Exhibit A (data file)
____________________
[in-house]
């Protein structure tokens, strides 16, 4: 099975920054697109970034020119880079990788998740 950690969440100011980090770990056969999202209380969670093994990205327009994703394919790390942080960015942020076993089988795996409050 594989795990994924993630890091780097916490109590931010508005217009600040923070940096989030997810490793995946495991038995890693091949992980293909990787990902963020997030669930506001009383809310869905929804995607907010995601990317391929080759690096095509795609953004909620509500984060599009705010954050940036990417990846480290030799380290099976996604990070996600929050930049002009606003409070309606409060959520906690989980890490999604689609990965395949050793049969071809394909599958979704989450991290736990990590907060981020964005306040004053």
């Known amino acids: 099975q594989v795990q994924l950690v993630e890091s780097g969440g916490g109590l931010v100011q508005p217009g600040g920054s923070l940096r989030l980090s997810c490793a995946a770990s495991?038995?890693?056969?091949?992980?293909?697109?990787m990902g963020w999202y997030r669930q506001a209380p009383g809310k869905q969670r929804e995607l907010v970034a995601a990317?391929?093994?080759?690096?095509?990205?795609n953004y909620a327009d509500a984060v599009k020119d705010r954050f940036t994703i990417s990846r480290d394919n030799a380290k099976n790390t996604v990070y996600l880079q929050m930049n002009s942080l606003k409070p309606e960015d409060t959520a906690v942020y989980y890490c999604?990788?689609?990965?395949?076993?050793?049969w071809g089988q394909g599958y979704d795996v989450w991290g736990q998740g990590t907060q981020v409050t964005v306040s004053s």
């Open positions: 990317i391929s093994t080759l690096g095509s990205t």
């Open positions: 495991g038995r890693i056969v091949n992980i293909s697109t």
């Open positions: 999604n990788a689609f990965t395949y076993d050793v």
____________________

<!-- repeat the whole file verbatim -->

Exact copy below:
[in-house]
């Protein structure tokens, strides 16, 4: 099975920054697109970034020119880079990788998740 950690969440100011980090770990056969999202209380969670093994990205327009994703394919790390942080960015942020076993089988795996409050 594989795990994924993630890091780097916490109590931010508005217009600040923070940096989030997810490793995946495991038995890693091949992980293909990787990902963020997030669930506001009383809310869905929804995607907010995601990317391929080759690096095509795609953004909620509500984060599009705010954050940036990417990846480290030799380290099976996604990070996600929050930049002009606003409070309606409060959520906690989980890490999604689609990965395949050793049969071809394909599958979704989450991290736990990590907060981020964005306040004053």
């Known amino acids: 099975q594989v795990q994924l950690v993630e890091s780097g969440g916490g109590l931010v100011q508005p217009g600040g920054s923070l940096r989030l980090s997810c490793a995946a770990s495991?038995?890693?056969?091949?992980?293909?697109?990787m990902g963020w999202y997030r669930q506001a209380p009383g809310k869905q969670r929804e995607l907010v970034a995601a990317?391929?093994?080759?690096?095509?990205?795609n953004y909620a327009d509500a984060v599009k020119d705010r954050f940036t994703i990417s990846r480290d394919n030799a380290k099976n790390t996604v990070y996600l880079q929050m930049n002009s942080l606003k409070p309606e960015d409060t959520a906690v942020y989980y890490c999604?990788?689609?990965?395949?076993?050793?049969w071809g089988q394909g599958y979704d795996v989450w991290g736990q998740g990590t907060q981020v409050t964005v306040s004053s």
């Open positions: 990317i391929s093994t080759l690096g095509s990205t």
């Open positions: 495991g038995r890693i056969v091949n992980i293909s697109t």
């Open positions: 999604n990788a689609f990965t395949y076993d050793v």